Another issue that you may not know is connected to employee rights is protection from retaliation. An Alabama-based federal jury ordered the Chemical Lime Company (CLC) to pay Albert Thomas $314,000 in 2011.

Thomas had filed harassment charges against the CLC, with the US Equal Opportunities Commission. Ultimately, the jury found that the CLC was not guilty of harassment, but that it had retaliated against Thomas when he filed the charges. As this case shows, retaliation against an employee can be very expensive.

Other regulations governing the state and safety of the workplace (such as the Occupational Health and Safety Act of 1993), workers’ compensation insurance and taxes are equally important. As the business owner, the onus is on you to comply with all of these so that your company is not penalized and your workers’ jobs remain safe.

Customize and Automate Company Policies

Once you are familiar with all the employee rights statutes that pertain to your company, you need to consider exactly how to enforce them. Formulate policies that deal with every situation, as well as protocols for what to do in unexpected or unforeseen circumstances. Depending on the size of your organization, you might want to bring in a consultant to help you with this.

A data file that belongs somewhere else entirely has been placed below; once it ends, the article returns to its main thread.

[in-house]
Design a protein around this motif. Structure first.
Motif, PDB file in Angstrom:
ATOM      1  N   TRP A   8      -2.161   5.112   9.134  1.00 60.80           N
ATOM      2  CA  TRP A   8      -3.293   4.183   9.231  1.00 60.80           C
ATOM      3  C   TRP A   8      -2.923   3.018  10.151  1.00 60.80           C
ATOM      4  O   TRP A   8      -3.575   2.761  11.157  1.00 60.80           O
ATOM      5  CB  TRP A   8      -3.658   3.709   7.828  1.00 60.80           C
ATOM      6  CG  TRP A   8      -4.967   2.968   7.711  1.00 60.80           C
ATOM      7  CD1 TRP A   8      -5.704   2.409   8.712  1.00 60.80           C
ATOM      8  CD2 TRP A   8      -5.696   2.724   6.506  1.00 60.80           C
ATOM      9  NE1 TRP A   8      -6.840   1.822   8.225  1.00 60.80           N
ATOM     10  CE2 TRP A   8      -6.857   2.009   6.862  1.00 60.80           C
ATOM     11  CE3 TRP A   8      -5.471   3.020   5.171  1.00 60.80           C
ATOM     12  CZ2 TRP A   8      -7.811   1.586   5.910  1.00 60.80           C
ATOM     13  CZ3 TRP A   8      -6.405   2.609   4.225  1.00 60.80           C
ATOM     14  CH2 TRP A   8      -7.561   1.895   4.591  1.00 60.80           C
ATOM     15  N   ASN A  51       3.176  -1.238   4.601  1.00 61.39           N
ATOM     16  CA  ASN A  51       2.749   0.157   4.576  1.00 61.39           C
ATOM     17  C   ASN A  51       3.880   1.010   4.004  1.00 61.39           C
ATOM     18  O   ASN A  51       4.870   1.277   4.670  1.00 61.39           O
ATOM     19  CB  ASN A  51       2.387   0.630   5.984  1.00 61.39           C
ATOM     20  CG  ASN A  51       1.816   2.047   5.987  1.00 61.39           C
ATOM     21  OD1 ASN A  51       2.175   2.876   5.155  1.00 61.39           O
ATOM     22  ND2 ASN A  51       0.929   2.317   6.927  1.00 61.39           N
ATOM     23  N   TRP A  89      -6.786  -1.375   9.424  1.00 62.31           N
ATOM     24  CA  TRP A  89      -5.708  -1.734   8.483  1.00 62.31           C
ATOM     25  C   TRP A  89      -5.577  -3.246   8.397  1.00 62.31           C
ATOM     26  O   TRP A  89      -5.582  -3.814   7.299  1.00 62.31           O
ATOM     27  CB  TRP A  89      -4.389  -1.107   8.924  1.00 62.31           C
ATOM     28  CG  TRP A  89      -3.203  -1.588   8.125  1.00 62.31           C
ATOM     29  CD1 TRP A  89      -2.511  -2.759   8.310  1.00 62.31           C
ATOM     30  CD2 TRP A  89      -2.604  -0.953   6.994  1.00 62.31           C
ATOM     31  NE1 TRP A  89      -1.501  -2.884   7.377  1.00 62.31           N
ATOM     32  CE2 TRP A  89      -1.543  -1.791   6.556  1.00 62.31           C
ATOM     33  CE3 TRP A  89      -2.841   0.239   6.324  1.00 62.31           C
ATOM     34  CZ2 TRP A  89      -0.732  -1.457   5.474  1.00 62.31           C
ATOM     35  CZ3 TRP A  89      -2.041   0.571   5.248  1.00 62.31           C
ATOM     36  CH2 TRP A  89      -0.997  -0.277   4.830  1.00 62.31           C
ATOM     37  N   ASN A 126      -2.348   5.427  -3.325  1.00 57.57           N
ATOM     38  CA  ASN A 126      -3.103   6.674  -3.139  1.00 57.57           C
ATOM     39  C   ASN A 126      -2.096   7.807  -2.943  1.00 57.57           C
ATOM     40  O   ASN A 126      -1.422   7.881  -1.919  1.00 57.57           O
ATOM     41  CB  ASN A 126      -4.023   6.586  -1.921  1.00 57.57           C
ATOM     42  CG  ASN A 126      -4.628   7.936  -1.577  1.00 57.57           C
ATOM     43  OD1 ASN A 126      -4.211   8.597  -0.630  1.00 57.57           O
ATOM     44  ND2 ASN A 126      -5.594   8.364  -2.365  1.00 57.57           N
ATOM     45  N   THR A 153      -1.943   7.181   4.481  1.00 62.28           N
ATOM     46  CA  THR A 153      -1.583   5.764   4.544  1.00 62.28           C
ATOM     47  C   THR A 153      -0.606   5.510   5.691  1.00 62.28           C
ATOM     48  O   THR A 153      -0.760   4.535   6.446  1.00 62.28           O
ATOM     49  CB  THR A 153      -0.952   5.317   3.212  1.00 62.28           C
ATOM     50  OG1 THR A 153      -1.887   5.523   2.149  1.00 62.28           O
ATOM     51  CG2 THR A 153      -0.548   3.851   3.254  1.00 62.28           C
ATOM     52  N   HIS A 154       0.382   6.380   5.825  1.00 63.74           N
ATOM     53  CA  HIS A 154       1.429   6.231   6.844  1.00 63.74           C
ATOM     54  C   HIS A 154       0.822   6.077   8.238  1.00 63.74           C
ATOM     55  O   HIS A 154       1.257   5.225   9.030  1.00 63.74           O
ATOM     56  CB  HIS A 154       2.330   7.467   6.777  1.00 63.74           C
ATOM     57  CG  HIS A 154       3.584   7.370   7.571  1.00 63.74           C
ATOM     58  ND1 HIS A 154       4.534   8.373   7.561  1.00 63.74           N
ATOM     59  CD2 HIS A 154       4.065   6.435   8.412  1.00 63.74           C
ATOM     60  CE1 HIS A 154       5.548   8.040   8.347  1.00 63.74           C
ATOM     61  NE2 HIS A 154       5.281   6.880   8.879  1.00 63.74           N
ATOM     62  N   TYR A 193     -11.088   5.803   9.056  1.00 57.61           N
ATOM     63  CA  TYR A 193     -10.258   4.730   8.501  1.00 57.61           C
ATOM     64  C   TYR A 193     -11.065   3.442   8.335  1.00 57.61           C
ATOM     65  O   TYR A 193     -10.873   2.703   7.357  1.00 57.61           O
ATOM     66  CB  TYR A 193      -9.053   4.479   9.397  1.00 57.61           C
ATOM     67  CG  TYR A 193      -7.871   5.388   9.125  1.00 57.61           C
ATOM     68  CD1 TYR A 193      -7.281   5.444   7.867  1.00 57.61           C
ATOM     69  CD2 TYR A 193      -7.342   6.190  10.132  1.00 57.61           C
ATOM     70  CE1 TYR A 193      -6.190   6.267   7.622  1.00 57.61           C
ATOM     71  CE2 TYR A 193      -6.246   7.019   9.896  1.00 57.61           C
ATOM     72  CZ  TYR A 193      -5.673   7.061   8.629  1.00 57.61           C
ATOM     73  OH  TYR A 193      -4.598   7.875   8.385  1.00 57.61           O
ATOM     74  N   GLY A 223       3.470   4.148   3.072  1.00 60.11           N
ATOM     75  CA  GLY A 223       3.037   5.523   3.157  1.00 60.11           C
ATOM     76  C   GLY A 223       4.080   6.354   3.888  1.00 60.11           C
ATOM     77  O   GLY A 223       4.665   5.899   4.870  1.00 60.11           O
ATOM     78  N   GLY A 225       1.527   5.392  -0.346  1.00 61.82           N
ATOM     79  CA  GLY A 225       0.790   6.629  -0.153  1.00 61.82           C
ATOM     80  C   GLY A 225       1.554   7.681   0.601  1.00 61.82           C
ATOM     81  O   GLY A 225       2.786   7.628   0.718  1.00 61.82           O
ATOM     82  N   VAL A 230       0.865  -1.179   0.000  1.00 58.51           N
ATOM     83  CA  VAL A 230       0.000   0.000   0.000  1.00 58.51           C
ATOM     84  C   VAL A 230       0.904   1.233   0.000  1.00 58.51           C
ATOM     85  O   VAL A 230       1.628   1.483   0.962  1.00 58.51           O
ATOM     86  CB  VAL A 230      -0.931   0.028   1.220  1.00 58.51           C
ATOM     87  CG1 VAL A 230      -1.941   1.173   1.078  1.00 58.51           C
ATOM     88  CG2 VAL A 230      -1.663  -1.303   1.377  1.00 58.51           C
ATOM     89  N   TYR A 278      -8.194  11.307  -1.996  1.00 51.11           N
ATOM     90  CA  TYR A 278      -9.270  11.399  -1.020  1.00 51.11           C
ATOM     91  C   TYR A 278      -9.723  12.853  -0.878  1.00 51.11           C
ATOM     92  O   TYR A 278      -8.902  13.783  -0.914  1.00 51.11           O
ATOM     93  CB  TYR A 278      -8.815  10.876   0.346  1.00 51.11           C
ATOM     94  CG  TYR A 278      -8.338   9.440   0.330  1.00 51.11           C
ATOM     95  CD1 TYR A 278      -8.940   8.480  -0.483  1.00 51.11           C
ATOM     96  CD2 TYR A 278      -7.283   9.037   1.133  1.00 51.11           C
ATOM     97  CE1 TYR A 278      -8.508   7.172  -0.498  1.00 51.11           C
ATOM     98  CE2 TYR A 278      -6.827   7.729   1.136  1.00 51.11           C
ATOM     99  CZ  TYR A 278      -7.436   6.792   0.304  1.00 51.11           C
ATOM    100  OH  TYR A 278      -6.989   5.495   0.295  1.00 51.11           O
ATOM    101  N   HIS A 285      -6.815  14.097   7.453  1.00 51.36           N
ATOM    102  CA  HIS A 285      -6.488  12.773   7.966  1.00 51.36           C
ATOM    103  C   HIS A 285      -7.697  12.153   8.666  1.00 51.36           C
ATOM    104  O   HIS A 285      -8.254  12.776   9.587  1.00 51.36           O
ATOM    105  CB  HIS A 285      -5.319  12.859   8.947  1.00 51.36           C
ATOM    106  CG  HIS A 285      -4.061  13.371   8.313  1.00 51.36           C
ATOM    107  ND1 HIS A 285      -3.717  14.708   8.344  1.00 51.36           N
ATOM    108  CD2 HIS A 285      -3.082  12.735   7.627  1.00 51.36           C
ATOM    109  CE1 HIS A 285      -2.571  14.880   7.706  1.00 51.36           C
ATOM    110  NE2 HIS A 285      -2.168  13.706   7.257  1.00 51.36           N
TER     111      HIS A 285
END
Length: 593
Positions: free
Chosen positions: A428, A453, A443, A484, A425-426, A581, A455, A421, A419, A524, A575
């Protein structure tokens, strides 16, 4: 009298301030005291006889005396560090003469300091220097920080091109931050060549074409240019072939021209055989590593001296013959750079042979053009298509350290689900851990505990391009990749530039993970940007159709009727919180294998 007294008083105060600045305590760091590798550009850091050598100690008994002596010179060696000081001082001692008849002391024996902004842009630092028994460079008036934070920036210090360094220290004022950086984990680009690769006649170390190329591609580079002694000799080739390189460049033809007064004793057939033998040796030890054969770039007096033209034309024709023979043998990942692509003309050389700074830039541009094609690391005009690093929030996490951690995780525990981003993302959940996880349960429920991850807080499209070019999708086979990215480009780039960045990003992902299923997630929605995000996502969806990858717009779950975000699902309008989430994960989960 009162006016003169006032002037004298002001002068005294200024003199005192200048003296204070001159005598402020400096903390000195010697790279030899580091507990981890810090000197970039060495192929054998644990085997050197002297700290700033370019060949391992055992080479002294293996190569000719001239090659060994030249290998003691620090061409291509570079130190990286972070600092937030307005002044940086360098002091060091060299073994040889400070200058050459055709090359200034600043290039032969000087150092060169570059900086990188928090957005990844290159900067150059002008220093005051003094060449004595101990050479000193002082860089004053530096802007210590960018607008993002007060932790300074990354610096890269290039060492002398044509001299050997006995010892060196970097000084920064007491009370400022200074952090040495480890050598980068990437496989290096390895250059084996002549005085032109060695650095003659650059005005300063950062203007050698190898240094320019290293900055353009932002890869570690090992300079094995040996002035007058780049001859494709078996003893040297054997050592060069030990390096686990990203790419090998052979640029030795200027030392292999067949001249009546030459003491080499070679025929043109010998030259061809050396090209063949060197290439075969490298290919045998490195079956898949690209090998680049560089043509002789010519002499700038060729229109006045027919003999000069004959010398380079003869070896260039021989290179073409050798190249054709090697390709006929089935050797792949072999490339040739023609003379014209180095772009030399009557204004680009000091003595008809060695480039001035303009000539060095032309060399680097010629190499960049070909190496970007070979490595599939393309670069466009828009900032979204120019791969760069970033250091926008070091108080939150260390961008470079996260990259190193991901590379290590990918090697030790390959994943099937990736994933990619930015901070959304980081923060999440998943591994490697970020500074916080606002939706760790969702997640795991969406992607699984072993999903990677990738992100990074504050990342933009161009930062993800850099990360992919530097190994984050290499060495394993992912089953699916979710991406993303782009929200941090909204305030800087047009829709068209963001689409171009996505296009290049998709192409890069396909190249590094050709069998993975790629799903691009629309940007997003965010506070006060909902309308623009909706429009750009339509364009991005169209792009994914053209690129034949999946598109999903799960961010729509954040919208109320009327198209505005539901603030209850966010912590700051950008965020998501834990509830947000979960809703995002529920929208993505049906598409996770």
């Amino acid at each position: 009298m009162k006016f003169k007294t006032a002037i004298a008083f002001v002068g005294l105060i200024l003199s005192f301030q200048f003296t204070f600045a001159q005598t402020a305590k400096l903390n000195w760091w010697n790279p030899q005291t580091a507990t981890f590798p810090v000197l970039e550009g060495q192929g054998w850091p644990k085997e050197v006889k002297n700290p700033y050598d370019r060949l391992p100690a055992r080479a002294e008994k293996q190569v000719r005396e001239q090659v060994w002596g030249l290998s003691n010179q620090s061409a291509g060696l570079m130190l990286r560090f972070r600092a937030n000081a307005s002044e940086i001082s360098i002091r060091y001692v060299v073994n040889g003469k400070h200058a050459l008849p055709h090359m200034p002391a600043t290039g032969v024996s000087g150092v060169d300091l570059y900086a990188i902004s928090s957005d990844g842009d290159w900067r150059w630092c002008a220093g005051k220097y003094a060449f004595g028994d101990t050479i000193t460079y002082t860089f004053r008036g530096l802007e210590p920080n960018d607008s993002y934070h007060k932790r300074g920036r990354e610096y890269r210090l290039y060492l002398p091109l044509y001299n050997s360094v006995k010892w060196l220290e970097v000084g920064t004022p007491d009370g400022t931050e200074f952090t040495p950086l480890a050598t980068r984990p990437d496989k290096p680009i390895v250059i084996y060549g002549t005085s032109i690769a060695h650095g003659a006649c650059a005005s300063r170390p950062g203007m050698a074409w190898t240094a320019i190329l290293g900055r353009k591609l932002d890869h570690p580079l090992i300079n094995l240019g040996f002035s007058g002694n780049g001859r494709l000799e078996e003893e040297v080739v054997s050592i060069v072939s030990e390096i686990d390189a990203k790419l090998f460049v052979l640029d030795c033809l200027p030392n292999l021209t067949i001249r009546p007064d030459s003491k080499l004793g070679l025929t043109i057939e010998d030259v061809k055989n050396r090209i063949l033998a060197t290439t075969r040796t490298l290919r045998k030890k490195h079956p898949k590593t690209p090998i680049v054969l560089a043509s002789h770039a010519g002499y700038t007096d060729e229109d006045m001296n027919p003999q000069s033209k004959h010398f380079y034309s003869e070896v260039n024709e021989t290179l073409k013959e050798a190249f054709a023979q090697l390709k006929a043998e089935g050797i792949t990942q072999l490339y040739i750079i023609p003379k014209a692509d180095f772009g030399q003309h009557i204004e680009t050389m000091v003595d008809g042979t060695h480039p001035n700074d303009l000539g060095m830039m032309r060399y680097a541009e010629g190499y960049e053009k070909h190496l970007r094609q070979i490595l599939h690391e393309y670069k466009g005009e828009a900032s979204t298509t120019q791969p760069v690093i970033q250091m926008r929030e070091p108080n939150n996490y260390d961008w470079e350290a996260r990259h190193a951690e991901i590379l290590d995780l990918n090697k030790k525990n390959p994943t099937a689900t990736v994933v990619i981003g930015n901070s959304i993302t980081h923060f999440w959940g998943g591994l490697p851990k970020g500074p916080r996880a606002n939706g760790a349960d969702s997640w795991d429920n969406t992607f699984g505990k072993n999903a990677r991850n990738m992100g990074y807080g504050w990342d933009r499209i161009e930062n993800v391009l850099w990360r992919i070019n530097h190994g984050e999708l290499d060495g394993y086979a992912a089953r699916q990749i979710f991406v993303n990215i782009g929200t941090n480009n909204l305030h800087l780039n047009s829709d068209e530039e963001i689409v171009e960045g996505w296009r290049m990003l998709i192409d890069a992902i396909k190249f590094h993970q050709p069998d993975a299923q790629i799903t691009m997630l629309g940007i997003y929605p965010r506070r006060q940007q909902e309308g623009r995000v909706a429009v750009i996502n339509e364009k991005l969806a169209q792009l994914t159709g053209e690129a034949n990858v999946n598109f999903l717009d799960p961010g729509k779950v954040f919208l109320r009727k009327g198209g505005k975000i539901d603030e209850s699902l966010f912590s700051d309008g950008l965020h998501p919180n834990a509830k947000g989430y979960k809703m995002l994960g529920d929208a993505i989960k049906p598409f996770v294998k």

Everyone on your payroll needs to be informed of all policies, so hold regular meetings to advise them of new and existing company procedures. Follow these training sessions up with question and answer rounds, and with strategically placed, reader-friendly posters on the office or factory floor. Finally, review the systems and protocols that you have in place, along with any new acts or legislative updates, on a regular basis.

In Conclusion

Your company and workforce will benefit if you are well educated on labor legislation and take proper care of employees’ rights. By looking after your employees you’ll improve productivity, promote well-being in the workplace and potentially avoid legal issues that could incur extremely high costs.

About The Author

Charli Tanner

With a passion for writing, Charli spends her days as a content editor at Resourceful Compliance. When she's not typing away, she enjoys a nice glass of wine while playing on her Nintendo Switch.